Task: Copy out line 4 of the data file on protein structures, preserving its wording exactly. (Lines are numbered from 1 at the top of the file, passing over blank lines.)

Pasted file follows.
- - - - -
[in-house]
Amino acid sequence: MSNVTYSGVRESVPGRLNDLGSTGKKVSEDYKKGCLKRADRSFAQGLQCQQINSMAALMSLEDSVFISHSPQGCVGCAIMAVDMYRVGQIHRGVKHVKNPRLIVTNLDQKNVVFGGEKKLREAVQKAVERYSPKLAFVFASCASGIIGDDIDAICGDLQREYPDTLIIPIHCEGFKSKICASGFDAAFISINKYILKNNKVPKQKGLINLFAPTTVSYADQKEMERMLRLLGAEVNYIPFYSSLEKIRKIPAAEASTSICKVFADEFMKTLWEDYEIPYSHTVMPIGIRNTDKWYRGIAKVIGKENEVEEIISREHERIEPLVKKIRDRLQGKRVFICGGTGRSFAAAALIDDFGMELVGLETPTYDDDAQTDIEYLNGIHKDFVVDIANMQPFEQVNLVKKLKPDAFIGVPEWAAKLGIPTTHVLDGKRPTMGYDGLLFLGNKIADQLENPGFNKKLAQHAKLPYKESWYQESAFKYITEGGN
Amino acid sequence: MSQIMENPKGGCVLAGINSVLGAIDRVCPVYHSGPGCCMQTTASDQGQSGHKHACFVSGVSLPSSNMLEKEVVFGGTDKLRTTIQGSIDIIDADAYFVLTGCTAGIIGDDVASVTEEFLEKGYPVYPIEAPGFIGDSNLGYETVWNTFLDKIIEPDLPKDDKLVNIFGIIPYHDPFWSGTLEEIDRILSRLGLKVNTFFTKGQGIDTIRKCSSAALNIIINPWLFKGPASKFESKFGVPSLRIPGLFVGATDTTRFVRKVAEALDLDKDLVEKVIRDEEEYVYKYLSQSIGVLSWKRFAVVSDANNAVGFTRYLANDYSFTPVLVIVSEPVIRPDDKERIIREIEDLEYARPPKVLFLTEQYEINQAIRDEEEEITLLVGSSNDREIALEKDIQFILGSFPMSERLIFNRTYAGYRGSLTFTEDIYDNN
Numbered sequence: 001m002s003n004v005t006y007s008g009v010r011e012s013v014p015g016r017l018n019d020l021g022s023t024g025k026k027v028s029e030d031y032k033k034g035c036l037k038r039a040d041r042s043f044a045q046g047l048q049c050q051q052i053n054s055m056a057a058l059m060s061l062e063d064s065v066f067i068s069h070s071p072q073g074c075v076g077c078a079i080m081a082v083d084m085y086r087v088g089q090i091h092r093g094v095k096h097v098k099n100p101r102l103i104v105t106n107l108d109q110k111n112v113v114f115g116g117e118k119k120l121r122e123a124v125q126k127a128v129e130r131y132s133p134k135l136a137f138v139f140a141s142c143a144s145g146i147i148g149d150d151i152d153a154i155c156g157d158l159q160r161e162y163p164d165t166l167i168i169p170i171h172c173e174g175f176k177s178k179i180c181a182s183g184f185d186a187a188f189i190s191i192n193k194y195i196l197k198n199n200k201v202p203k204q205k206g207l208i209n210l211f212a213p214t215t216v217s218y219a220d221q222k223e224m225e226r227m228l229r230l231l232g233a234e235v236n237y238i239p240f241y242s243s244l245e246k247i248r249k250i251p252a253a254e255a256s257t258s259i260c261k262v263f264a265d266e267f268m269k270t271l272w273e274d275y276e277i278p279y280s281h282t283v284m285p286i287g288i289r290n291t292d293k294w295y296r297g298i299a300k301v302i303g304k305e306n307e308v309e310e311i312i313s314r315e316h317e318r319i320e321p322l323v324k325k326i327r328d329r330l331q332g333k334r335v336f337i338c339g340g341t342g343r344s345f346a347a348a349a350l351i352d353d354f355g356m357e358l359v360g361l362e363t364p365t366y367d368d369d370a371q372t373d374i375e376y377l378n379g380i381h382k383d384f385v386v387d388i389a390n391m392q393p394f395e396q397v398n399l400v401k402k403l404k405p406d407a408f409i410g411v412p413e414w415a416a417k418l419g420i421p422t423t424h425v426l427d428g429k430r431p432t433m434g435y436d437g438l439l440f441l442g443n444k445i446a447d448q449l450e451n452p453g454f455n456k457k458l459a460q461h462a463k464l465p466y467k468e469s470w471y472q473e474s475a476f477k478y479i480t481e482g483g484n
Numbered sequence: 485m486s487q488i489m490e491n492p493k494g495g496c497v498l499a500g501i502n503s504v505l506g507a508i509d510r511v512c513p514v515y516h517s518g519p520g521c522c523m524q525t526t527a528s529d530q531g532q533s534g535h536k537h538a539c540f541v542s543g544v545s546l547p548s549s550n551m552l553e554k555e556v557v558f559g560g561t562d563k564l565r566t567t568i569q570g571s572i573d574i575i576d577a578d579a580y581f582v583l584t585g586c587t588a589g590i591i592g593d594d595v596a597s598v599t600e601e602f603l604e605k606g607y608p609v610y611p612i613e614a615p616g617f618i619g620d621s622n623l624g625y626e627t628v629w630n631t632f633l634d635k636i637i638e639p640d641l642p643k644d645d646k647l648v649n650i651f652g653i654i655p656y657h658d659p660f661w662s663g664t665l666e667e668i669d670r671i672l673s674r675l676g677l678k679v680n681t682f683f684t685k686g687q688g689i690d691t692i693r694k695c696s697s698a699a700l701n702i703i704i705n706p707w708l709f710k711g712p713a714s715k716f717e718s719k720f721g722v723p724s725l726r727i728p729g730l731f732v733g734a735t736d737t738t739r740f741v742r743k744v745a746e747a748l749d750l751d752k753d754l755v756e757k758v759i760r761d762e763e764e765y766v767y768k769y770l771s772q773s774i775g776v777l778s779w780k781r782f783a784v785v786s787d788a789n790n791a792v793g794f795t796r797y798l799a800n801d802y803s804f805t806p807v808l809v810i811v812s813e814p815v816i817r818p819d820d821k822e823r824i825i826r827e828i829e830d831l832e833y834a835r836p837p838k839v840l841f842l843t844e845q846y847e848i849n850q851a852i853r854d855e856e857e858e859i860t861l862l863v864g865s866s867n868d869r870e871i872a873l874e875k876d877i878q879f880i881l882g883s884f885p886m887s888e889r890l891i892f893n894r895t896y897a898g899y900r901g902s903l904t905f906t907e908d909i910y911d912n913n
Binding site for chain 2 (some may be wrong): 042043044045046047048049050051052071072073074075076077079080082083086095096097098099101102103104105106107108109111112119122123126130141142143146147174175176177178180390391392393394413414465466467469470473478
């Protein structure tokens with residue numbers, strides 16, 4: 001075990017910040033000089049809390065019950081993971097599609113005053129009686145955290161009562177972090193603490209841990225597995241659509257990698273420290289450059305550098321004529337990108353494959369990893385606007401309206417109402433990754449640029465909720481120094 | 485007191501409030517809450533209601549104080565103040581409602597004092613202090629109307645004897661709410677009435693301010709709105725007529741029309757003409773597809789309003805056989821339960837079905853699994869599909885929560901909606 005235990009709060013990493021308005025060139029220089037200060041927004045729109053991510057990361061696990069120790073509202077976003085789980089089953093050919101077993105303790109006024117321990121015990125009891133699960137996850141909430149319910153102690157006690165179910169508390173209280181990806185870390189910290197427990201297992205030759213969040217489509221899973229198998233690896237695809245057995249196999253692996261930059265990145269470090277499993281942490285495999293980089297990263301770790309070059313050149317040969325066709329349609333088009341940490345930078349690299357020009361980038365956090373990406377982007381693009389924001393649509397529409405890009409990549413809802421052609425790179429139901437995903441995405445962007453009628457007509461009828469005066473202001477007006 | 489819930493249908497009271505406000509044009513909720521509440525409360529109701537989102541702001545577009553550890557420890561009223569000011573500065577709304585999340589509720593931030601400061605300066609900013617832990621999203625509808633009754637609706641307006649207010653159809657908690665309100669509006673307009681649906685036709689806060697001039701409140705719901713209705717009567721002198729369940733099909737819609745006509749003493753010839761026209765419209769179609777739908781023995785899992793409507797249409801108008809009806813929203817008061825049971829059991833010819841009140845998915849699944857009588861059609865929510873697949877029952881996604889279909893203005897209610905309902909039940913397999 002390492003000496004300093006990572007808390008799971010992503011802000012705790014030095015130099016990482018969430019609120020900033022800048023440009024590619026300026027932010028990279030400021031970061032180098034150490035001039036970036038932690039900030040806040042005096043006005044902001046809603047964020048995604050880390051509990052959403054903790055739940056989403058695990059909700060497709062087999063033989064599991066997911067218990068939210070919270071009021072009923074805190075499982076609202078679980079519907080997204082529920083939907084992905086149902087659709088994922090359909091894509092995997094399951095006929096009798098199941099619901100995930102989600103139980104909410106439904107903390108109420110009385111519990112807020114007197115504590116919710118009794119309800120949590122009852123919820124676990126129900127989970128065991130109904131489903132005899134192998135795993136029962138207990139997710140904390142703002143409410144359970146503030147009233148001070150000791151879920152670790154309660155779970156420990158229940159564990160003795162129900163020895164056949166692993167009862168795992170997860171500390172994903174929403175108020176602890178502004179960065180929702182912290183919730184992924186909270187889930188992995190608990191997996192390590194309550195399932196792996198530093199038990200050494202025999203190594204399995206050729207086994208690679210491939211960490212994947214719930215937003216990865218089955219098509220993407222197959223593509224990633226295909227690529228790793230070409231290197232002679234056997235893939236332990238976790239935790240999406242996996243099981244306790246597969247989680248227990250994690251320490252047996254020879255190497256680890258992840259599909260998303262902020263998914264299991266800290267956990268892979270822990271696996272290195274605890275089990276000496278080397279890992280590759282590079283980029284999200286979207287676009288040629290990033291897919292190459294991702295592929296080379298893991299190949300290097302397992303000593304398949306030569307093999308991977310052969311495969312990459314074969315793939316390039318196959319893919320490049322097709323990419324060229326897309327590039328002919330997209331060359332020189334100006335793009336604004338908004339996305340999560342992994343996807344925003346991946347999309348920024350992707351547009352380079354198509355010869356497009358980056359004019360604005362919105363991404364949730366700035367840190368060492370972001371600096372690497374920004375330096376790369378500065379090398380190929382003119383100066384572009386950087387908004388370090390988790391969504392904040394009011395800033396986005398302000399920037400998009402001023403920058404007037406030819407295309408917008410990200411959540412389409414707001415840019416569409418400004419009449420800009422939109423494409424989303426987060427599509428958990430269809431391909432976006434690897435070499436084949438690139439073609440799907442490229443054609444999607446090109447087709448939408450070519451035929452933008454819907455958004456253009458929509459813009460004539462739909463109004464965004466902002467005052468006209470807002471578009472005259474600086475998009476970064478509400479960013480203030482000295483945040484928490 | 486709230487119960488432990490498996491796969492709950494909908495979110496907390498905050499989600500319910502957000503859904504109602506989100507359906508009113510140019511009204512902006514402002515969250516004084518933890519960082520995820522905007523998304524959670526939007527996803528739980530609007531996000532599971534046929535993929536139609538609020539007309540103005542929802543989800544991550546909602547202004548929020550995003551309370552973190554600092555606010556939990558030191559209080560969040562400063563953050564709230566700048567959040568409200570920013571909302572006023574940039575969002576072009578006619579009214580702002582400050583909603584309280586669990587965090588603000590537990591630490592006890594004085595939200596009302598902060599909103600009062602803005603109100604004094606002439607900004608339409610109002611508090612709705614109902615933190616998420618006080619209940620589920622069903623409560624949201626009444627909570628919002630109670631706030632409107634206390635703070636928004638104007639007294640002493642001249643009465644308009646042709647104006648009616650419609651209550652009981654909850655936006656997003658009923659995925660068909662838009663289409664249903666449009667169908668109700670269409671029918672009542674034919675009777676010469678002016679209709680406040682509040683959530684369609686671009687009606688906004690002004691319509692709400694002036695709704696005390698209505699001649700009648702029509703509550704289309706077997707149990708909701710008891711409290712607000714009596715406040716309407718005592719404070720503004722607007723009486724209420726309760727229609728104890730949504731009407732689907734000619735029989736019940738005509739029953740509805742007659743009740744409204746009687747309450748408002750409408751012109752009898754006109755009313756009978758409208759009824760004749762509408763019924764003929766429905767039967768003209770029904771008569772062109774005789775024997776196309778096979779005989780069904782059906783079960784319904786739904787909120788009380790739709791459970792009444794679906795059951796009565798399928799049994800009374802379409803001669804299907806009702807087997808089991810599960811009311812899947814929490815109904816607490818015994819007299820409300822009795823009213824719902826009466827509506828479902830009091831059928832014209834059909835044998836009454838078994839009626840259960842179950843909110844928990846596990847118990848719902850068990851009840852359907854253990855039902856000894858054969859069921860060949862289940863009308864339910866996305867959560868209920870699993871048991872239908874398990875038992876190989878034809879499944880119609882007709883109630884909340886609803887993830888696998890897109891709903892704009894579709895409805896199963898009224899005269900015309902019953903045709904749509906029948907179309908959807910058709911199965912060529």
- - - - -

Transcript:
Numbered sequence: 001m002s003n004v005t006y007s008g009v010r011e012s013v014p015g016r017l018n019d020l021g022s023t024g025k026k027v028s029e030d031y032k033k034g035c036l037k038r039a040d041r042s043f044a045q046g047l048q049c050q051q052i053n054s055m056a057a058l059m060s061l062e063d064s065v066f067i068s069h070s071p072q073g074c075v076g077c078a079i080m081a082v083d084m085y086r087v088g089q090i091h092r093g094v095k096h097v098k099n100p101r102l103i104v105t106n107l108d109q110k111n112v113v114f115g116g117e118k119k120l121r122e123a124v125q126k127a128v129e130r131y132s133p134k135l136a137f138v139f140a141s142c143a144s145g146i147i148g149d150d151i152d153a154i155c156g157d158l159q160r161e162y163p164d165t166l167i168i169p170i171h172c173e174g175f176k177s178k179i180c181a182s183g184f185d186a187a188f189i190s191i192n193k194y195i196l197k198n199n200k201v202p203k204q205k206g207l208i209n210l211f212a213p214t215t216v217s218y219a220d221q222k223e224m225e226r227m228l229r230l231l232g233a234e235v236n237y238i239p240f241y242s243s244l245e246k247i248r249k250i251p252a253a254e255a256s257t258s259i260c261k262v263f264a265d266e267f268m269k270t271l272w273e274d275y276e277i278p279y280s281h282t283v284m285p286i287g288i289r290n291t292d293k294w295y296r297g298i299a300k301v302i303g304k305e306n307e308v309e310e311i312i313s314r315e316h317e318r319i320e321p322l323v324k325k326i327r328d329r330l331q332g333k334r335v336f337i338c339g340g341t342g343r344s345f346a347a348a349a350l351i352d353d354f355g356m357e358l359v360g361l362e363t364p365t366y367d368d369d370a371q372t373d374i375e376y377l378n379g380i381h382k383d384f385v386v387d388i389a390n391m392q393p394f395e396q397v398n399l400v401k402k403l404k405p406d407a408f409i410g411v412p413e414w415a416a417k418l419g420i421p422t423t424h425v426l427d428g429k430r431p432t433m434g435y436d437g438l439l440f441l442g443n444k445i446a447d448q449l450e451n452p453g454f455n456k457k458l459a460q461h462a463k464l465p466y467k468e469s470w471y472q473e474s475a476f477k478y479i480t481e482g483g484n